The Universalist Church of Olinda was founded as a community on November 10, 1880, by the initiative of “Big” Mike Fox, who had been reading Universalist literature and was inspired by its inclusive approach to faith.
But that’s not the church’s only anniversary these days. As it happens, the church was founded almost a year before the building’s cornerstone was laid on September 21, 1881. The Universalist Church of Olinda existed for nearly a year before it had a building.
This was unexpectedly appropriate, as the Church of Olinda celebrated the 140th anniversary of its founding with a Zoom Sunday service on November 8, 2020, outside of its building – much the same way that its founders did 140 years ago, acknowledging that even before its building was up, the church was there. And over the past several months, the church has been here, even outside of the building’s walls.
In a poetic possibility, Olinda may well be able to celebrate its building’s anniversary in its building, depending on how immunization efforts and other pandemic variables play out. Either way, we’ll celebrate on Sunday, September 19, 2021.
To mark this occasion, longtime member Jane Innerd wrote The Little Church at the Crossroads, an updated supplement to Louise Foulds’ book Universalists in Ontario, which was written and revised for the church’s centennial and 125th anniversaries respectively, and includes a larger view of our Universalist heritage. These books, including Jane Innerd’s supplement, are available at cost (plus shipping) at the Olinda church website.
While Olinda is not the oldest Unitarian or Universalist congregation in Canada, it does hold the oldest church building in continuous use by a Universalist or Unitarian community in Canada. A plaque by the Ontario Ministry of Heritage gives witness to this distinction.
We’ve been reminded that the church is not the building – and we’ve also been reminded that the building matters. We can cope and even thrive without it, but it also adds so much more to the community, as one of the many places where our community can feel at home, and build deeper relationships.
News from the Unitarian Universalist Office at the United Nations (UU@UN)
For UU Youth, Adults, and Climate Justice Enthusiasts
Be part of planning the 2022 Intergenerational Spring Seminar hosted by the Unitarian Universalist Office at the United Nations! Youth (age 14-18) and Adult Chaplain and Planning Committee Member applications are due August 9, 2021. The planning team will convene in September to design intergenerational programming that is inclusive, engaging, and inspiring. The 2022 Intergenerational Spring Seminar, expected to take place in New York City, April 22-24, 2022, will center around the theme of action for climate justice, with a focus on climate-forced displacement. See www.uua.org/unspringseminar for more about the Seminar, this year’s theme, and leadership opportunities.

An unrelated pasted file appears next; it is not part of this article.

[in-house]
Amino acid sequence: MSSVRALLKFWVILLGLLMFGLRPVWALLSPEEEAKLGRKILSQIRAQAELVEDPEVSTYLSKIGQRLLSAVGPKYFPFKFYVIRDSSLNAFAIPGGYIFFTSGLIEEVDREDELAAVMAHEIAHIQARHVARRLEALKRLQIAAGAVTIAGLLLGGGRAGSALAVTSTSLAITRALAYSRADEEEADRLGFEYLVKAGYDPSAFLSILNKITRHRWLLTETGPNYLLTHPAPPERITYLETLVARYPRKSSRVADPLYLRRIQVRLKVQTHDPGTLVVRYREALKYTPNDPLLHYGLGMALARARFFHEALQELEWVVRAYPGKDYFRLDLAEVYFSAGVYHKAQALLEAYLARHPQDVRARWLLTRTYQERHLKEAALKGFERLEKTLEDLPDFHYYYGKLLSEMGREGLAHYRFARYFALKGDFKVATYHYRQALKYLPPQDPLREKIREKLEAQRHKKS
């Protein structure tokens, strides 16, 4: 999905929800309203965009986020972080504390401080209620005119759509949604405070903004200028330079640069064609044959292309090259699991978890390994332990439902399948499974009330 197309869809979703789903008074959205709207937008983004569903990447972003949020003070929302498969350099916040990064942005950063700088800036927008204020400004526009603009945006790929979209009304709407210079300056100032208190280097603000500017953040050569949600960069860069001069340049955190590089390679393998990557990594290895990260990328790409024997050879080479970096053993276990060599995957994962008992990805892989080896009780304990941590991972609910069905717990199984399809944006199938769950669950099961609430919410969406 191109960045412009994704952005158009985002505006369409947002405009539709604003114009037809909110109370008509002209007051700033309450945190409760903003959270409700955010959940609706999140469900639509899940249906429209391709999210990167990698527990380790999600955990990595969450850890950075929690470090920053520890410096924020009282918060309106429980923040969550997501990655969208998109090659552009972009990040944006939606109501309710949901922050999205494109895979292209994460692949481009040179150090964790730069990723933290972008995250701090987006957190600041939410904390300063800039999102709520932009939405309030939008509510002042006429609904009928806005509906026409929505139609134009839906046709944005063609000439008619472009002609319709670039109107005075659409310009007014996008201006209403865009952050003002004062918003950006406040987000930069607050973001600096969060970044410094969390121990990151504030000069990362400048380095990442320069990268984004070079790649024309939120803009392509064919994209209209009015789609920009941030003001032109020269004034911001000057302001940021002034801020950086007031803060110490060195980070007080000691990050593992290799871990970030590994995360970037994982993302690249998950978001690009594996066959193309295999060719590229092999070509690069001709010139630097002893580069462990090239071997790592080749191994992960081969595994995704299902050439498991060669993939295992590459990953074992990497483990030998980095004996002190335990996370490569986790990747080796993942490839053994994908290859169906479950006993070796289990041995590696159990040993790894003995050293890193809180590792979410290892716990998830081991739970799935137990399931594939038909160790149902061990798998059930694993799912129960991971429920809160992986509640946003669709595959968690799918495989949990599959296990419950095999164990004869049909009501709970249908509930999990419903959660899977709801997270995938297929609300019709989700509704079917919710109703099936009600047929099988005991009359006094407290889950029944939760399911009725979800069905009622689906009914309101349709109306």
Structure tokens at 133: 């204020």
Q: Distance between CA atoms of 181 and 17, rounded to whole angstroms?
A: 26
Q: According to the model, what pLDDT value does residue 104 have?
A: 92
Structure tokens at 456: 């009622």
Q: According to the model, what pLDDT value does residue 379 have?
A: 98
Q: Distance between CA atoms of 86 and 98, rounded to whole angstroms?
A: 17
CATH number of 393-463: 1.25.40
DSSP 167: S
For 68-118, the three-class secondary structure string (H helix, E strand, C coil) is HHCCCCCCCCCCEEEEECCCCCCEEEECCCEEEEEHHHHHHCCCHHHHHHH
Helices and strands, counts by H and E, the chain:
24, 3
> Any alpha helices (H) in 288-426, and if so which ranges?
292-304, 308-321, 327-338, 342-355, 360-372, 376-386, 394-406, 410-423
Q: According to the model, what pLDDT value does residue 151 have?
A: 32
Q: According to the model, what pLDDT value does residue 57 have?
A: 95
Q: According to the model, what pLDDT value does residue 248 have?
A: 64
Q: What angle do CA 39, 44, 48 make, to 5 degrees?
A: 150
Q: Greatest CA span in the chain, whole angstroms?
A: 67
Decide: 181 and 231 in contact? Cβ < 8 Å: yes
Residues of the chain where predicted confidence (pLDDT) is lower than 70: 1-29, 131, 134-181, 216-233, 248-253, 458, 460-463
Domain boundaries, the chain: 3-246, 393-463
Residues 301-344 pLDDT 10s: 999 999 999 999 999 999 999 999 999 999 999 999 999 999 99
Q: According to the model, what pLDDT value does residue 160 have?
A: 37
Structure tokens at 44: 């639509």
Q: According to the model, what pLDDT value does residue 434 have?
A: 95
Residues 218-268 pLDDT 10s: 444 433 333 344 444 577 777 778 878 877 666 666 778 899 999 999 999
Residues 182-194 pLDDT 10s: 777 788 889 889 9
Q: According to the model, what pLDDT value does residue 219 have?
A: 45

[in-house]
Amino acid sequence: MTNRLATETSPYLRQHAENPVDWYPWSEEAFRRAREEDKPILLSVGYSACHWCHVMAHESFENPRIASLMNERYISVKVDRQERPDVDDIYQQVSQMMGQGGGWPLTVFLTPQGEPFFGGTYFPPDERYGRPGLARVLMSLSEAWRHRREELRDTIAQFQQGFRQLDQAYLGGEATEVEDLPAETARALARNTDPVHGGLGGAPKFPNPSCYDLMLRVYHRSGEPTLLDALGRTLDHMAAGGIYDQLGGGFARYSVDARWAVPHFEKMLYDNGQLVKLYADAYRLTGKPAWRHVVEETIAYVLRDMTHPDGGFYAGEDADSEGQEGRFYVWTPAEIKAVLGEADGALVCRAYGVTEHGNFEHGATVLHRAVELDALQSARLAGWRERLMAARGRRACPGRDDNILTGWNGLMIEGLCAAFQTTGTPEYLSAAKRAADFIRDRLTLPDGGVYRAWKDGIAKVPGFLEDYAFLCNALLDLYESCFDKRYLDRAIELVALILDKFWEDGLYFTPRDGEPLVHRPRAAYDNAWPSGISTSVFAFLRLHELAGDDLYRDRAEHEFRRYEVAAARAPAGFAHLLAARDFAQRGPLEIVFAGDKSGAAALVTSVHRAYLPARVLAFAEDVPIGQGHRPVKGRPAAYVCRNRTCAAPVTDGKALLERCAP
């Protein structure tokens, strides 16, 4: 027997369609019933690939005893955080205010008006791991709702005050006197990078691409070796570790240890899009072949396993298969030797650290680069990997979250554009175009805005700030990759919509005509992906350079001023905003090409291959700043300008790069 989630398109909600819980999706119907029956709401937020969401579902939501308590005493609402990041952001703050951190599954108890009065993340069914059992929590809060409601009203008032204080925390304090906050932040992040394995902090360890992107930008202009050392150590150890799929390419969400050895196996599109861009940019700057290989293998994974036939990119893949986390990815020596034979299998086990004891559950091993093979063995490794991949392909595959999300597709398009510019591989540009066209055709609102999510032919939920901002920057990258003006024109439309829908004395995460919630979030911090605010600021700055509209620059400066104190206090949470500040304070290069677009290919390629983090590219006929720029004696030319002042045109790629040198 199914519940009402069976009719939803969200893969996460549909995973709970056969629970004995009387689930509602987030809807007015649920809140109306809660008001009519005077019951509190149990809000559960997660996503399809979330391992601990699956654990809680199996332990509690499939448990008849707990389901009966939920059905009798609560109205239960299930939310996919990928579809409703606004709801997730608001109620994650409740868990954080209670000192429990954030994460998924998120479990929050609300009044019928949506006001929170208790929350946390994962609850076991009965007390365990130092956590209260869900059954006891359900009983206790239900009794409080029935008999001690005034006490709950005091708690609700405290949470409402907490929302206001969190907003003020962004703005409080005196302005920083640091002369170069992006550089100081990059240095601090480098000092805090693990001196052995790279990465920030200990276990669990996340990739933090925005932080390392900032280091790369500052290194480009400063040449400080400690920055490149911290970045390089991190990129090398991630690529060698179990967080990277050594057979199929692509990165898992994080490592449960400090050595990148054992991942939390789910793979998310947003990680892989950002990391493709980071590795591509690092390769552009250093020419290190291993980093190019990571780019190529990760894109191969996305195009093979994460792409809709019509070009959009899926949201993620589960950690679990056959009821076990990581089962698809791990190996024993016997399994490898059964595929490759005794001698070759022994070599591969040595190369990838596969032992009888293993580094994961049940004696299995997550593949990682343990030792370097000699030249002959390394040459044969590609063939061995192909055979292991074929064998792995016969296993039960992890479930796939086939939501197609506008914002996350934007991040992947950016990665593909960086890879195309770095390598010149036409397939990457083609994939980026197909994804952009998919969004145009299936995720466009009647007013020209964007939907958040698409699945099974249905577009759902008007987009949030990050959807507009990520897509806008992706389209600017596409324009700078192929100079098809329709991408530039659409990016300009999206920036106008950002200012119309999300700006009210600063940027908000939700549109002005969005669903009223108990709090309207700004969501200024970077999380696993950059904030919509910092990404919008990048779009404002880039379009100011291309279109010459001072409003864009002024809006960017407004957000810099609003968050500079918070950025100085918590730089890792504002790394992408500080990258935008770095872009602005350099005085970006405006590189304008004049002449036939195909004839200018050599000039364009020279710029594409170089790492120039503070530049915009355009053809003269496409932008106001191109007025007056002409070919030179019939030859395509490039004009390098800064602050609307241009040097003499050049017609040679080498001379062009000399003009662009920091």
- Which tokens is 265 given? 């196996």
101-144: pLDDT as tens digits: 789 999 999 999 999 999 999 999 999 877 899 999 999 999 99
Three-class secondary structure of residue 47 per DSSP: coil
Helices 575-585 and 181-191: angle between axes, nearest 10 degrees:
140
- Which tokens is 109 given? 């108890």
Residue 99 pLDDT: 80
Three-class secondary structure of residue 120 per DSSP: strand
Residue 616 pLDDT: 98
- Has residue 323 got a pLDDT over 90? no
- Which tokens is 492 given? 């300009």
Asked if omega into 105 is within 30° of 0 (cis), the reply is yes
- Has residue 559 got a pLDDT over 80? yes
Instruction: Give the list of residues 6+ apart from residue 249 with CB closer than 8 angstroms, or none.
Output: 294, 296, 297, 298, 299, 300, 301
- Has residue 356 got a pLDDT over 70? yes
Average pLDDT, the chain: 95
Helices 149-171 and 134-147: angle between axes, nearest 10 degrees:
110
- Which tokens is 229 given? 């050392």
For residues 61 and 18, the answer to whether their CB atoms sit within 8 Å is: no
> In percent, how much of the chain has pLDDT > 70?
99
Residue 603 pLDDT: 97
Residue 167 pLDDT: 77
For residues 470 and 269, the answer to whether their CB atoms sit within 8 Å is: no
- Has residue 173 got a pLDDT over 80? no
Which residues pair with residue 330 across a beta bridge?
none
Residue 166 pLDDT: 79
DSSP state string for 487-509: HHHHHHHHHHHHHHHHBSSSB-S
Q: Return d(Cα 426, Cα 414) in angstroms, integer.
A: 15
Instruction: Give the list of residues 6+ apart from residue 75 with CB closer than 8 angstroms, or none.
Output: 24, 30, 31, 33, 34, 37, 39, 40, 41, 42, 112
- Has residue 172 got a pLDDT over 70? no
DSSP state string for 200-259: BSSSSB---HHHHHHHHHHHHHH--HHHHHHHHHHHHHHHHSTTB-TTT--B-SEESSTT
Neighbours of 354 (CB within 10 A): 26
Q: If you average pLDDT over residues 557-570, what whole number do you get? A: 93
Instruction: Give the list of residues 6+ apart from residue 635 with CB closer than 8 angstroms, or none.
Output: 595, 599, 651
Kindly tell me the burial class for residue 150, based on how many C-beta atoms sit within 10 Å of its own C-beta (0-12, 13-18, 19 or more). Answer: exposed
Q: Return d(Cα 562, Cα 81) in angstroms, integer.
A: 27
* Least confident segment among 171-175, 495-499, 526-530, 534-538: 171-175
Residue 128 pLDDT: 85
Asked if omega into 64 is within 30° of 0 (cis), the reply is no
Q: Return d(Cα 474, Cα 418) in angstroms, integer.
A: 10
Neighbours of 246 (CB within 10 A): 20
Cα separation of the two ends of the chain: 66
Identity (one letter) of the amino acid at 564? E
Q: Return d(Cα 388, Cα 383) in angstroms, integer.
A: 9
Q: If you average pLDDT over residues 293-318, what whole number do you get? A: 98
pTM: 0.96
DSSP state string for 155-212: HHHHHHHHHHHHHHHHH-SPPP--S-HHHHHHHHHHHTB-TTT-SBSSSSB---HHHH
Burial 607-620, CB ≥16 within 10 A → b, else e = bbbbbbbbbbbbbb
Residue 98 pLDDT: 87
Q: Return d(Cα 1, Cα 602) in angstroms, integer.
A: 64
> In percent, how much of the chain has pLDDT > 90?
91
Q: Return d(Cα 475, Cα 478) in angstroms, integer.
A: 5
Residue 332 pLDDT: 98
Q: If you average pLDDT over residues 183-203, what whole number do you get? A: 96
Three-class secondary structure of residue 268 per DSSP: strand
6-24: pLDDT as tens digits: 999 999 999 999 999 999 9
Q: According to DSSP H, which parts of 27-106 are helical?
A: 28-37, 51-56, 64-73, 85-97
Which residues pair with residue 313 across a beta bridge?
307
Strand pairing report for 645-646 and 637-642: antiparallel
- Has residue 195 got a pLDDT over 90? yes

Take Action to Become a Sixth Principle Congregation
The Unitarian Universalist Office at the United Nations announces an annual award to recognize congregations that show their commitment to our Sixth Principle’s “goal of world community with peace, liberty, and justice for all” and their support of the UU@UN through their actions and financial giving. The Sixth Principle Award is given yearly to congregations that complete at least three engagement activities between April 1, 2021, and March 31, 2022 (see the categories online!). In recognition for their steadfast dedication to international human rights, Sixth Principle Congregations that qualify and submit a brief report by March 31 will be presented with an award certificate during a reception at the next CUC National Conference, formal recognition on the UU@UN website, and a specialized video from UU@UN staff honoring the congregation’s contribution.
Find more information about the Sixth Principle Award and how to qualify.